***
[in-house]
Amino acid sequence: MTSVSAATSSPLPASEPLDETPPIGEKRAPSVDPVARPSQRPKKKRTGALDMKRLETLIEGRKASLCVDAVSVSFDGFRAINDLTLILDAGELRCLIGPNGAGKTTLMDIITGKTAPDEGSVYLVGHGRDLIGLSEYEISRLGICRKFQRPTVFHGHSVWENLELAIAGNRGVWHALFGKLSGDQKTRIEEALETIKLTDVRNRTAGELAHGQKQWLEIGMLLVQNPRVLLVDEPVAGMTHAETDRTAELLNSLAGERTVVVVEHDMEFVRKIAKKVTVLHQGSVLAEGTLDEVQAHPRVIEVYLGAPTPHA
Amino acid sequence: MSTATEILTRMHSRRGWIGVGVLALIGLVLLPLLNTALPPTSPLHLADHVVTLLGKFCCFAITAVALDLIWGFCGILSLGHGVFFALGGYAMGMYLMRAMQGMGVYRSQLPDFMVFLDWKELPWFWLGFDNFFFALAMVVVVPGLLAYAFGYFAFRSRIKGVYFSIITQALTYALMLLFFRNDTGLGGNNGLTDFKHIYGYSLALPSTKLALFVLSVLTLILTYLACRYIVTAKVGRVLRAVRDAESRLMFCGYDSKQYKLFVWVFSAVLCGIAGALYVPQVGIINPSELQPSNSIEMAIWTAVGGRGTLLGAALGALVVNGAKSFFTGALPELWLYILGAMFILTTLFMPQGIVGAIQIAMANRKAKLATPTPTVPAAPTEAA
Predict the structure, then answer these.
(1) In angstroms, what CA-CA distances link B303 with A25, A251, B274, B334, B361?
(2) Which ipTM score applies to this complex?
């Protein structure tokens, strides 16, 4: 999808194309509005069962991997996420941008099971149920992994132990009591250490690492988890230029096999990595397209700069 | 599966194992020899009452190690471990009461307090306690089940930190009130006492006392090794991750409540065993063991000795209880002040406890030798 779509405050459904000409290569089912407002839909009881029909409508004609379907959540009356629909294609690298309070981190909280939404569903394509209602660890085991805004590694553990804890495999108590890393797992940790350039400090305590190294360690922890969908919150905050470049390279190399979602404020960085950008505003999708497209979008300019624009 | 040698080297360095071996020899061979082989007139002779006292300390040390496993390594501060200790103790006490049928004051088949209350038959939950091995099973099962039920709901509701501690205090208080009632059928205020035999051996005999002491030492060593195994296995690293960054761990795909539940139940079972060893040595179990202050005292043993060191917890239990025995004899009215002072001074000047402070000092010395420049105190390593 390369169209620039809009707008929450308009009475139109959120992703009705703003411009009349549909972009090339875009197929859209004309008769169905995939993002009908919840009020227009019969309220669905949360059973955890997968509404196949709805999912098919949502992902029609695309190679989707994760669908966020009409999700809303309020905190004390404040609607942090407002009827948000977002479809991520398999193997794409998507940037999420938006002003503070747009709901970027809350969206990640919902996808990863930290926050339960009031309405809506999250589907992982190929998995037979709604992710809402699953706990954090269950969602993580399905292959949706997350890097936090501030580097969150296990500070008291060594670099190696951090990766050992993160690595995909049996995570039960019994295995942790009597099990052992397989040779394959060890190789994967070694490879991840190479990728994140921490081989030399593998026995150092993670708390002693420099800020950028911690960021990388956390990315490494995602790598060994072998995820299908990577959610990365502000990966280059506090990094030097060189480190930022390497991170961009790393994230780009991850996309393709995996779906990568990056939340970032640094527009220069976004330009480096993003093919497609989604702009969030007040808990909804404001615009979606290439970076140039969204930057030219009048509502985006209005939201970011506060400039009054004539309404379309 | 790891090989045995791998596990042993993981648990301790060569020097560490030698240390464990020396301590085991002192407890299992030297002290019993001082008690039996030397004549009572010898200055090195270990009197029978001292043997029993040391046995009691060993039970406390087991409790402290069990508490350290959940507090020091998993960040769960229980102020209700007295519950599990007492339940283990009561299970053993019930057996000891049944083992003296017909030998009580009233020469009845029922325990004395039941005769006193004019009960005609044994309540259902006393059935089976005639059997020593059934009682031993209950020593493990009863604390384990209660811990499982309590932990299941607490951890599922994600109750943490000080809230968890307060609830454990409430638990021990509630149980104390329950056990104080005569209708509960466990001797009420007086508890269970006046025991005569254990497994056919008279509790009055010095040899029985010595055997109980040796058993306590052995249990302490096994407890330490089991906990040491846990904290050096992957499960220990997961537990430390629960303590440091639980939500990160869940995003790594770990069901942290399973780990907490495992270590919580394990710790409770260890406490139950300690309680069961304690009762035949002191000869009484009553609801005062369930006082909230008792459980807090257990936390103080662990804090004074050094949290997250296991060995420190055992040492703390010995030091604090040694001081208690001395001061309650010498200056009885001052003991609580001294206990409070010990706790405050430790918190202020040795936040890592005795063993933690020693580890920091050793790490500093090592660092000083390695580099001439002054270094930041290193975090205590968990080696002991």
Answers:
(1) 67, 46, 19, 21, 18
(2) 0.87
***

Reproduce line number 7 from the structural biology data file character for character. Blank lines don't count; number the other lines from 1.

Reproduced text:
């Protein structure tokens, strides 16, 4: 999808194309509005069962991997996420941008099971149920992994132990009591250490690492988890230029096999990595397209700069 | 599966194992020899009452190690471990009461307090306690089940930190009130006492006392090794991750409540065993063991000795209880002040406890030798 779509405050459904000409290569089912407002839909009881029909409508004609379907959540009356629909294609690298309070981190909280939404569903394509209602660890085991805004590694553990804890495999108590890393797992940790350039400090305590190294360690922890969908919150905050470049390279190399979602404020960085950008505003999708497209979008300019624009 | 040698080297360095071996020899061979082989007139002779006292300390040390496993390594501060200790103790006490049928004051088949209350038959939950091995099973099962039920709901509701501690205090208080009632059928205020035999051996005999002491030492060593195994296995690293960054761990795909539940139940079972060893040595179990202050005292043993060191917890239990025995004899009215002072001074000047402070000092010395420049105190390593 390369169209620039809009707008929450308009009475139109959120992703009705703003411009009349549909972009090339875009197929859209004309008769169905995939993002009908919840009020227009019969309220669905949360059973955890997968509404196949709805999912098919949502992902029609695309190679989707994760669908966020009409999700809303309020905190004390404040609607942090407002009827948000977002479809991520398999193997794409998507940037999420938006002003503070747009709901970027809350969206990640919902996808990863930290926050339960009031309405809506999250589907992982190929998995037979709604992710809402699953706990954090269950969602993580399905292959949706997350890097936090501030580097969150296990500070008291060594670099190696951090990766050992993160690595995909049996995570039960019994295995942790009597099990052992397989040779394959060890190789994967070694490879991840190479990728994140921490081989030399593998026995150092993670708390002693420099800020950028911690960021990388956390990315490494995602790598060994072998995820299908990577959610990365502000990966280059506090990094030097060189480190930022390497991170961009790393994230780009991850996309393709995996779906990568990056939340970032640094527009220069976004330009480096993003093919497609989604702009969030007040808990909804404001615009979606290439970076140039969204930057030219009048509502985006209005939201970011506060400039009054004539309404379309 | 790891090989045995791998596990042993993981648990301790060569020097560490030698240390464990020396301590085991002192407890299992030297002290019993001082008690039996030397004549009572010898200055090195270990009197029978001292043997029993040391046995009691060993039970406390087991409790402290069990508490350290959940507090020091998993960040769960229980102020209700007295519950599990007492339940283990009561299970053993019930057996000891049944083992003296017909030998009580009233020469009845029922325990004395039941005769006193004019009960005609044994309540259902006393059935089976005639059997020593059934009682031993209950020593493990009863604390384990209660811990499982309590932990299941607490951890599922994600109750943490000080809230968890307060609830454990409430638990021990509630149980104390329950056990104080005569209708509960466990001797009420007086508890269970006046025991005569254990497994056919008279509790009055010095040899029985010595055997109980040796058993306590052995249990302490096994407890330490089991906990040491846990904290050096992957499960220990997961537990430390629960303590440091639980939500990160869940995003790594770990069901942290399973780990907490495992270590919580394990710790409770260890406490139950300690309680069961304690009762035949002191000869009484009553609801005062369930006082909230008792459980807090257990936390103080662990804090004074050094949290997250296991060995420190055992040492703390010995030091604090040694001081208690001395001061309650010498200056009885001052003991609580001294206990409070010990706790405050430790918190202020040795936040890592005795063993933690020693580890920091050793790490500093090592660092000083390695580099001439002054270094930041290193975090205590968990080696002991």